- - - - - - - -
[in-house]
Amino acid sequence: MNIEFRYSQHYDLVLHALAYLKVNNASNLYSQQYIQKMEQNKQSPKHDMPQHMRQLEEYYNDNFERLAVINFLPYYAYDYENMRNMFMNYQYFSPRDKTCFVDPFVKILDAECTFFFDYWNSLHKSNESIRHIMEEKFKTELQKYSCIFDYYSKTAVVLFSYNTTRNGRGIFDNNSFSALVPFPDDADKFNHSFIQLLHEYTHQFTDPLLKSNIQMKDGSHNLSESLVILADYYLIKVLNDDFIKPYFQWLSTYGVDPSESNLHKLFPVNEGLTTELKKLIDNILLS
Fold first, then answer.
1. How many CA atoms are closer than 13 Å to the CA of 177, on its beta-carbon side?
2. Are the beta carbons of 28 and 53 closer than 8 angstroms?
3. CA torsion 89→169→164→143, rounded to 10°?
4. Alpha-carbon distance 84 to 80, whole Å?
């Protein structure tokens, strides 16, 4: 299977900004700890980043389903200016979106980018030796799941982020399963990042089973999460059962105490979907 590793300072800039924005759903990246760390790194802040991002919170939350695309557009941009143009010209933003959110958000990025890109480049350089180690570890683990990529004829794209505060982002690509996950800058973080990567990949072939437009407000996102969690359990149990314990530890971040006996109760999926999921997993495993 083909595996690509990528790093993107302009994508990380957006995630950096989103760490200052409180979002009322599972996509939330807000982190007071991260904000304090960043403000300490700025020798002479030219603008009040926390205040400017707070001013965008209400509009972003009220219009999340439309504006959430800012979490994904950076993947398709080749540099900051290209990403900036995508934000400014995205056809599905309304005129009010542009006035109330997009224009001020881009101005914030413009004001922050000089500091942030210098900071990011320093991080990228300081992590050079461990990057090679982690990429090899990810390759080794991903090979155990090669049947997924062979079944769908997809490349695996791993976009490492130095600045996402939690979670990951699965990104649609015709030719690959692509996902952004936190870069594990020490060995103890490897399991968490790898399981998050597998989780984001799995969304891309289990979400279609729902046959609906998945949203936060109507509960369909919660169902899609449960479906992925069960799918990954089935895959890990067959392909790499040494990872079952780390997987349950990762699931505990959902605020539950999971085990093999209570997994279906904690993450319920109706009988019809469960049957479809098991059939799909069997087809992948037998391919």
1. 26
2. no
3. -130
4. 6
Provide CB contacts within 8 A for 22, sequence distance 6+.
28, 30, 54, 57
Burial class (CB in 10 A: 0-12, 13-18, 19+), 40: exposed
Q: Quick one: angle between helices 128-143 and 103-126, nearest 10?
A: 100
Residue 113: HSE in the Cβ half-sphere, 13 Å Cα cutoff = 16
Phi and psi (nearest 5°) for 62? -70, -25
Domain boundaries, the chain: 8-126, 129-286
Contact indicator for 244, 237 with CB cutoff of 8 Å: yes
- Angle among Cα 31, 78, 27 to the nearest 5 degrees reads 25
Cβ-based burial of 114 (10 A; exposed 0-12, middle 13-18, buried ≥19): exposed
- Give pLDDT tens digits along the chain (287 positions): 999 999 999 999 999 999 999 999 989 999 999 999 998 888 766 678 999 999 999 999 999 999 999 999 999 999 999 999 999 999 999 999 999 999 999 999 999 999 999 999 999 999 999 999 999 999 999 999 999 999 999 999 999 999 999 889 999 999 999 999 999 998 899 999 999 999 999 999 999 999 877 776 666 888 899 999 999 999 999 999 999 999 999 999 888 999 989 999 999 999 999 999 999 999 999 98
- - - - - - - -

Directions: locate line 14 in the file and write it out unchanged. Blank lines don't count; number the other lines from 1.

28, 30, 54, 57